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On Not Writing

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Catherine Ryan Howard

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I started writing my novel in September 2009, in that that was when I sat down and started typing words. But really I “started” my novel some ten years before that, when I started reading every How To Write a Book book I could get my hands on, attending courses and workshops, sidling up to writers at signings and launches, buying superfluous stationery and making sure I had a fresh copy of The Writers and Artists Yearbook every January, despite the fact that I had nothing that needed sending to anyone. So why the delay? Well, before the writing, there’s the not writing…

I finished my first novel last May. I started writing it in September, but I started preparing to write it about twelve years ago, when I was 16.

There was a lot of preparing to do.

Before I could think about writing a novel, I had to have somewhere to write it. I rearranged my bedroom so I could fit in a desk, and then pored over the Argos catalogue to find just the right flat-packed model. Bought it; assembled it; installed it; hung a new noticeboard right above it. Then I moved out and into my own apartment, where the only free spot for writing – a corner of the living room – just didn’t suit my desk. Back to the Argos catalogue. Bought another one; assembled it; installed it; wondered why I bothered when the other one would have done. Then I’ve just about got my writing space sorted when I up and move to Florida, and now my writing space has to be sitting on the floor with my laptop balanced on a plastic container.

How can I possibly work under these conditions?

I also had to have something to write on. Before we got our first household PC back in 1998, I used to get electronic typewriters for Christmas. (Of course back then, they were just used for homework.) Then – wow! A computer. I loved tapping away at the keys. But it was installed in the living room; I could hardly write with such noise and distractions. As if! Using my Leaving Cert as an excuse, I finally bagged a laptop two years later, and thought that I’d be so enamoured with my new machine that a novel would practically run out of me. (This was because I’d read a quote from Michael Connelly who said that the best thing for writers block was a new computer.) No such luck. There was another laptop, and then a new PC. I bought it because it was cheaper than a new laptop, but soon I was complaining that it wasn’t portable. I donated it and bought a Mac – my credit card melting as I exited the store – because isn’t that what most published authors used? Yep – that was my problem all along. I was just using the wrong type of computer! Then there was also the reporters notebooks (Claire Fountaine is the only brand I accept), clicky pens (Mitsubishi Uniballs) and planners (Moleskine, obviously) that I’d need for making notes, and just the right brand of coffee.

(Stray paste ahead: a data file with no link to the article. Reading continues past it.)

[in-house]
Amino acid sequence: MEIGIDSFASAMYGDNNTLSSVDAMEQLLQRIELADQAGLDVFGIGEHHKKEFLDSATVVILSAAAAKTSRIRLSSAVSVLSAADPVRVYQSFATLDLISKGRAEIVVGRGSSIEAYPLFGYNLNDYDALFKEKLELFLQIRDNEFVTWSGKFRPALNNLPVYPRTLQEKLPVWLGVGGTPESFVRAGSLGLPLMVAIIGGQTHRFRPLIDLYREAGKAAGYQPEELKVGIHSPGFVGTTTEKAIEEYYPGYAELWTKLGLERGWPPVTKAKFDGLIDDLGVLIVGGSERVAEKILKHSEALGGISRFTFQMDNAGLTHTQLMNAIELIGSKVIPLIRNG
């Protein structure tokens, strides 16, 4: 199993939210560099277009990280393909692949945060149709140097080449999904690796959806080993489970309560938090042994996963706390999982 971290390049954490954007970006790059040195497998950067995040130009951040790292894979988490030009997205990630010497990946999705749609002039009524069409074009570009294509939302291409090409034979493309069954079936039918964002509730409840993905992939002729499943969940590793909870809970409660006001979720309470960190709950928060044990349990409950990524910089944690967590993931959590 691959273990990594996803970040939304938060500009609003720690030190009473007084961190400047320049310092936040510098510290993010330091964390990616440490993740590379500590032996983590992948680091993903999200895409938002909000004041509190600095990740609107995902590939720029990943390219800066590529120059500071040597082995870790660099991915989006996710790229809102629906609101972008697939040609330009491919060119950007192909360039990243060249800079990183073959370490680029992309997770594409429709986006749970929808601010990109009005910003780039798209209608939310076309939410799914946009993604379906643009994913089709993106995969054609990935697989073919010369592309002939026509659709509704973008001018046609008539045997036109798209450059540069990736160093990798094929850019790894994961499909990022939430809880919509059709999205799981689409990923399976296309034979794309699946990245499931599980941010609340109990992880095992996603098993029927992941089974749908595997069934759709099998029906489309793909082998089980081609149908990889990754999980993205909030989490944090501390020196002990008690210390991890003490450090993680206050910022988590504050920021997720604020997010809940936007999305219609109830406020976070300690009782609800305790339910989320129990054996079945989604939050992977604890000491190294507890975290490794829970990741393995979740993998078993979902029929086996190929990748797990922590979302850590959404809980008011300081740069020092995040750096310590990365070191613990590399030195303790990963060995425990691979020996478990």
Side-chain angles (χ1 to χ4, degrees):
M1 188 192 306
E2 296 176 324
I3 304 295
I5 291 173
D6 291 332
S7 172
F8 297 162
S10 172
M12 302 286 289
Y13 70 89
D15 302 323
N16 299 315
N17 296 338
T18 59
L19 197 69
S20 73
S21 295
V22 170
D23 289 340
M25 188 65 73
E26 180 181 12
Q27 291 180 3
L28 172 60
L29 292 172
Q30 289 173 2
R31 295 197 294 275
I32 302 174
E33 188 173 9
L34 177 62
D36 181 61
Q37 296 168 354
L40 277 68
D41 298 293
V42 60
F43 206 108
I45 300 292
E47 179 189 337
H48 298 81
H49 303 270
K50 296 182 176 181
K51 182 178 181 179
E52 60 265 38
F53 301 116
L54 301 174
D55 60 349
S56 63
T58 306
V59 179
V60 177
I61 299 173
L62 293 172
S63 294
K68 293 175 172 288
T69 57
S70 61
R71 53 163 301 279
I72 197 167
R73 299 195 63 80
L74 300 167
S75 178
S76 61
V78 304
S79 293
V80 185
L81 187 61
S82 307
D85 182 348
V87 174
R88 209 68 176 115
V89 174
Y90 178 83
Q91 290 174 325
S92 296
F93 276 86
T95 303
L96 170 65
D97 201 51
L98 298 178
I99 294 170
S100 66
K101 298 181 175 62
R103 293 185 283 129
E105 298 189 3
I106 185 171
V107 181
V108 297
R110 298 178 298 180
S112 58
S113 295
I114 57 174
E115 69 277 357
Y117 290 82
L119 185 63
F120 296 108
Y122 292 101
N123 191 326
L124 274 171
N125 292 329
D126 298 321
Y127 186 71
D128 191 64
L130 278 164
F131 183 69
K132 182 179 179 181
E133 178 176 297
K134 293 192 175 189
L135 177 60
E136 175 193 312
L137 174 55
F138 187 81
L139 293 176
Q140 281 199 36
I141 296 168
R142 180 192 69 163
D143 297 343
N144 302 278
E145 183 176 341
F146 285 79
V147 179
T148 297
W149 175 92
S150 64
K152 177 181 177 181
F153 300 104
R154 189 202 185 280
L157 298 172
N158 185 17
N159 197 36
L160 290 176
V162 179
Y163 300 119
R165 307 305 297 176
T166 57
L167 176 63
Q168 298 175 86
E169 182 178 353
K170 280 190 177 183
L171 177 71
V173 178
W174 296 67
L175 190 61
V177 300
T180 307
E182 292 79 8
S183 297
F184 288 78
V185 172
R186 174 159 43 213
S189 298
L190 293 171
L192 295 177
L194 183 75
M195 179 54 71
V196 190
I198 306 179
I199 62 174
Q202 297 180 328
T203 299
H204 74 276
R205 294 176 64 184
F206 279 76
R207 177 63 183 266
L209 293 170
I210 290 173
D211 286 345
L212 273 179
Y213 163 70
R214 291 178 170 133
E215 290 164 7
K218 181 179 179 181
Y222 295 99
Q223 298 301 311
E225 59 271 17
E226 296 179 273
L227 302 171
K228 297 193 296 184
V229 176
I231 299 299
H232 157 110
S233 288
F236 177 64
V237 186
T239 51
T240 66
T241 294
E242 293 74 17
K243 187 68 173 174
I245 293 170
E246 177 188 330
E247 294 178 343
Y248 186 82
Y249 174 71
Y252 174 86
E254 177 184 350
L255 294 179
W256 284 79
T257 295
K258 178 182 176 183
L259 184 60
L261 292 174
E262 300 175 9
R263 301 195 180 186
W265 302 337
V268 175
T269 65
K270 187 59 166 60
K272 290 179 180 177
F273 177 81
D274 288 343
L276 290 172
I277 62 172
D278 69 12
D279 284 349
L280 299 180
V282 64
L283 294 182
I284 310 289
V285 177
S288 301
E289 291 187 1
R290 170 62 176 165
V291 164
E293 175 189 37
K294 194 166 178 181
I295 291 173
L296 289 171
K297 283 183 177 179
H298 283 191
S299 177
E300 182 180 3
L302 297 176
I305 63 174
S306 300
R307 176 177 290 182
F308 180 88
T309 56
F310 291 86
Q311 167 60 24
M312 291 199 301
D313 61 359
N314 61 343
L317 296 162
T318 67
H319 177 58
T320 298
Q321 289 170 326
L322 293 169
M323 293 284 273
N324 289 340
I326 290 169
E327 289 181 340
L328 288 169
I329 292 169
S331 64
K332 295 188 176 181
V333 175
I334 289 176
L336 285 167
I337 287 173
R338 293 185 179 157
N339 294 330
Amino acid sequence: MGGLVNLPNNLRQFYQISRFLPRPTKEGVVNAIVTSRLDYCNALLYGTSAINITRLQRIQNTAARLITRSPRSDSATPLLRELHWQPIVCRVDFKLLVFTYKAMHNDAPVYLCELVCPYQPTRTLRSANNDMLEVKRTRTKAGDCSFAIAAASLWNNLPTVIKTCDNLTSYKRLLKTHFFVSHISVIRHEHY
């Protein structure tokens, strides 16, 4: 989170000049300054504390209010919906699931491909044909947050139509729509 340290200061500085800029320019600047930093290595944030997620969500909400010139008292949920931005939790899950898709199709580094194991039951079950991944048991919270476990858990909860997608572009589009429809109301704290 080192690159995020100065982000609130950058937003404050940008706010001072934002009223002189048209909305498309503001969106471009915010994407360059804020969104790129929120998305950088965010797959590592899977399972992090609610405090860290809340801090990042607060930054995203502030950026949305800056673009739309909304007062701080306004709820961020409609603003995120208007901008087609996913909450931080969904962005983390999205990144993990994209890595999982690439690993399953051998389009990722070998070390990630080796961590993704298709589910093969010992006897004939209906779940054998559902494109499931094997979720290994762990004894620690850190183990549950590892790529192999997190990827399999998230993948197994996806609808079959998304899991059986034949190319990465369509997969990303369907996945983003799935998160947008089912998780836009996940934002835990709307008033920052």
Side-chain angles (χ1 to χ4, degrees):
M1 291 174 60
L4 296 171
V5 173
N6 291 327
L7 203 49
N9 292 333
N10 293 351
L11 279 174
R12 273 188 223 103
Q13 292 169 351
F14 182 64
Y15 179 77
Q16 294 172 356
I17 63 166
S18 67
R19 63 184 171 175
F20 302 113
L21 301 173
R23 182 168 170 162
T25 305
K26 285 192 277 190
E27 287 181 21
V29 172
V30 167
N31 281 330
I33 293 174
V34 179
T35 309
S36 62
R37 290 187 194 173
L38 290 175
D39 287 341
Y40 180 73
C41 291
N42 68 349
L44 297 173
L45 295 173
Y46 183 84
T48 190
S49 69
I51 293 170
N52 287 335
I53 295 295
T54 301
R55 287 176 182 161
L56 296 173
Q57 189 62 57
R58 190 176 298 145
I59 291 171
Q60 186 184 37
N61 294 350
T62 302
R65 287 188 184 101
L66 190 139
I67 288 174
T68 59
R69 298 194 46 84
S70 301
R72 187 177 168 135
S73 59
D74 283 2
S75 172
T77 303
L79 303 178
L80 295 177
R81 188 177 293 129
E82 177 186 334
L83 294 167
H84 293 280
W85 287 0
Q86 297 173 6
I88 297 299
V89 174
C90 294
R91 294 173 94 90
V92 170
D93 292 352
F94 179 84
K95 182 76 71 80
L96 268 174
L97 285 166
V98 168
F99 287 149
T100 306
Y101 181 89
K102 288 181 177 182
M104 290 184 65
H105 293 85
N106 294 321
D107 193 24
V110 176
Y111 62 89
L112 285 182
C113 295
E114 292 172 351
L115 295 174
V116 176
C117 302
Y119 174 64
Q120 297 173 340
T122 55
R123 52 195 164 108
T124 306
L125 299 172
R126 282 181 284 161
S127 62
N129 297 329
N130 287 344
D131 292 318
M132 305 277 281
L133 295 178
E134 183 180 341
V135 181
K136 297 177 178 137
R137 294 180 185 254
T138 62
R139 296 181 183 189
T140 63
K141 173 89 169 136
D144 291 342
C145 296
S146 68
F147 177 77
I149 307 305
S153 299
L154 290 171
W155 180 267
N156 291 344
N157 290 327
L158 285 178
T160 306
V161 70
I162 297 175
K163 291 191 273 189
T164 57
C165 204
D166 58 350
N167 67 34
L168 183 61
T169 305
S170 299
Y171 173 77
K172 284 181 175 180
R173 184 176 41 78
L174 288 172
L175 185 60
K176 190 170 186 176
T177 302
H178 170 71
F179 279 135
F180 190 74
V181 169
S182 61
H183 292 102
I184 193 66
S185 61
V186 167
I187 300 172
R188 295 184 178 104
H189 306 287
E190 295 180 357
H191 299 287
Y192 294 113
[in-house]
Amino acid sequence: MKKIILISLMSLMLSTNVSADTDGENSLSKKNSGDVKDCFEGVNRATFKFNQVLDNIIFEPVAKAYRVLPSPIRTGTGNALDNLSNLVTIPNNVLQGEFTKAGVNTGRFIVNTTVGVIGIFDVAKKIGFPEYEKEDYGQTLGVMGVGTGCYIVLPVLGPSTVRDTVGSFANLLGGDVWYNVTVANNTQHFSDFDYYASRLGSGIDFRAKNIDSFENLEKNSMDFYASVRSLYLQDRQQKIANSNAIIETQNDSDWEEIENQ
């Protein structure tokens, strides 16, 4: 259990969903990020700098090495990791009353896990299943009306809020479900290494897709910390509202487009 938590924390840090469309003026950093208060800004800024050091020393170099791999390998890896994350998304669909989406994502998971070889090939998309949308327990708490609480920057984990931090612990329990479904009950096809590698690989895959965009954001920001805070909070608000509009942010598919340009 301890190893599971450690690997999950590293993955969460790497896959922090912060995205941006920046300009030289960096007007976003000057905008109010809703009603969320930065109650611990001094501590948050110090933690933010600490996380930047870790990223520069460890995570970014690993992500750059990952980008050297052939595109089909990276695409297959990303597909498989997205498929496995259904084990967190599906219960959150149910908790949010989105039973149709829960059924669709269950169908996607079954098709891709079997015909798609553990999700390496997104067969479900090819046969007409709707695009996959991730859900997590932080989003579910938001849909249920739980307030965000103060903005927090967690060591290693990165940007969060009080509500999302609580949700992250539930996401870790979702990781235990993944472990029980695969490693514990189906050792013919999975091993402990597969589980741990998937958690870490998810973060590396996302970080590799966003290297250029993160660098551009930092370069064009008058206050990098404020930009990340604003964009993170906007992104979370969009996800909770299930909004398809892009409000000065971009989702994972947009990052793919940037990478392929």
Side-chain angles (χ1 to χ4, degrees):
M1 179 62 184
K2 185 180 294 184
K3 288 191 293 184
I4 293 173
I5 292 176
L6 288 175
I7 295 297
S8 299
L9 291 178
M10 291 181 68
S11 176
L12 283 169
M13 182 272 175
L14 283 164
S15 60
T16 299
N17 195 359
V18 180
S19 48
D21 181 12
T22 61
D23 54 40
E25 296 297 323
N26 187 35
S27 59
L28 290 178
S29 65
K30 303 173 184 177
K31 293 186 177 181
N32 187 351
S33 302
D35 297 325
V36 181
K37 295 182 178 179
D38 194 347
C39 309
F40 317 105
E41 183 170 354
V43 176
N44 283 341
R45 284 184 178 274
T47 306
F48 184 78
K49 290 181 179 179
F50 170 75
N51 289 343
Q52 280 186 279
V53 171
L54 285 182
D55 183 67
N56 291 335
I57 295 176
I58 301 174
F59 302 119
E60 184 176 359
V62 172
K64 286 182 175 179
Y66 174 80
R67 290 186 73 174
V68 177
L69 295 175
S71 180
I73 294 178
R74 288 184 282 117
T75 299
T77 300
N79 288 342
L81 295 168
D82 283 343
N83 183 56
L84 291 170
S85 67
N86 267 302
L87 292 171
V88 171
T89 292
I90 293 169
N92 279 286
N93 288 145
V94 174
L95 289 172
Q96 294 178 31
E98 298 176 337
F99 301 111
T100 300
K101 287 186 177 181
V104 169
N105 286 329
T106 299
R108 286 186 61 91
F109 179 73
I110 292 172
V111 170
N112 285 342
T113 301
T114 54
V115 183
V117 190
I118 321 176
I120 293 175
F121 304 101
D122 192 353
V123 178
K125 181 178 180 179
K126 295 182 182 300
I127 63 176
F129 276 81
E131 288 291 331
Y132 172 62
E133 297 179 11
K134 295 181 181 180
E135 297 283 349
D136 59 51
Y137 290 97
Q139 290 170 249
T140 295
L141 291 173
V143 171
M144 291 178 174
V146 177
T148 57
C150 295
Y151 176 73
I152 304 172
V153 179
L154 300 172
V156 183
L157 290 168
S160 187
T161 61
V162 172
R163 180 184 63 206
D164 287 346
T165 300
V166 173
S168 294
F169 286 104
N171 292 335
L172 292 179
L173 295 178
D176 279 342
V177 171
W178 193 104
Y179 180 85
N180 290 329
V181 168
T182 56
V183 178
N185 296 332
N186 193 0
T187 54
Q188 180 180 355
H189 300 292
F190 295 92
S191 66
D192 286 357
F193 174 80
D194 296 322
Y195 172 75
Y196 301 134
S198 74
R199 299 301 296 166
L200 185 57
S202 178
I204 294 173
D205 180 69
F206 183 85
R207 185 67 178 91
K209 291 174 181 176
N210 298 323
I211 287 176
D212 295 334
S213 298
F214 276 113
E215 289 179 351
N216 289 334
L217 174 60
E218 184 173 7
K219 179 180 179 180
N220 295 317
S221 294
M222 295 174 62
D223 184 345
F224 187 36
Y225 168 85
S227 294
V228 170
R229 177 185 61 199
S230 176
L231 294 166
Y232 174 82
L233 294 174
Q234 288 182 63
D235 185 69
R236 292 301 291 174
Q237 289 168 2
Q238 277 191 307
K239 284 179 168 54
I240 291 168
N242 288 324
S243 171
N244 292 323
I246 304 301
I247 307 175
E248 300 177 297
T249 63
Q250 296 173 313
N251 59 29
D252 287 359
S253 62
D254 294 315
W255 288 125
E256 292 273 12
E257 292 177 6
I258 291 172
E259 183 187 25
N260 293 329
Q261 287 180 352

(Starbucks Breakfast Blend.)

So – finally – I’m sitting at my desk in a room of my own in a household that’s been warned to be quiet, with my colour-coded index card system and clicky pens to hand, fingers poised over the keyboard of my shiny new Mac. But what to do now? (To quote from the fantastic How I Became a Famous Novelist by Steve Hely, “Did you just start writing sentences? That seemed a bit rash.”) I knew how to write, but did I know how to write a book? Um, no. So I signed myself up for a workshop that promised to get my novel started in a weekend, although I couldn’t get my novel started that weekend because I busy attending the workshop, and then when I got home it kinda slipped my mind. I went to every reading, book signing and author talk I could feasibly travel to, thinking that by some form of osmosis I might get the power to write a book. I always sat in the front row of these events, taking furious notes. Jodi says she always goes for a walk first thing in the morning because it helps her think. Note to self: do this. I bought a copy of The Writers and Artists Yearbook every single year despite having no novel – or even a chapter – that needed sending to anyone, and every How To Write a Novel in a Weekend Without Breaking a Sweat and Get an Agent, a Six Figure/3 Book Deal and a University Teaching Position By Monday Afternoon book I could get my grubby mits on.

Basically, I did every thing I could except write a book.

In September 2009 I moved into a little holiday home by the sea. I sat at its kitchen table with my Mac, a clicky pen and a legal pad, and I started writing. Eight weeks later, I had a finished draft. And in those eight weeks, I learned volumes more about how to write a book than I had from any of the courses, writers or books I’d studied in the previous ten years.

(Although, funnily enough, I got the idea for the holiday home from an interview I read with crime novelist Alex Barclay. So it wasn’t all wasted!)

So stop with the preparation.

Just start doing it.

  • The Dark Room: A thrilling new novel from the number one Irish Times bestselling author of Keep Your Eyes on Me
  • www.designforwriters.com

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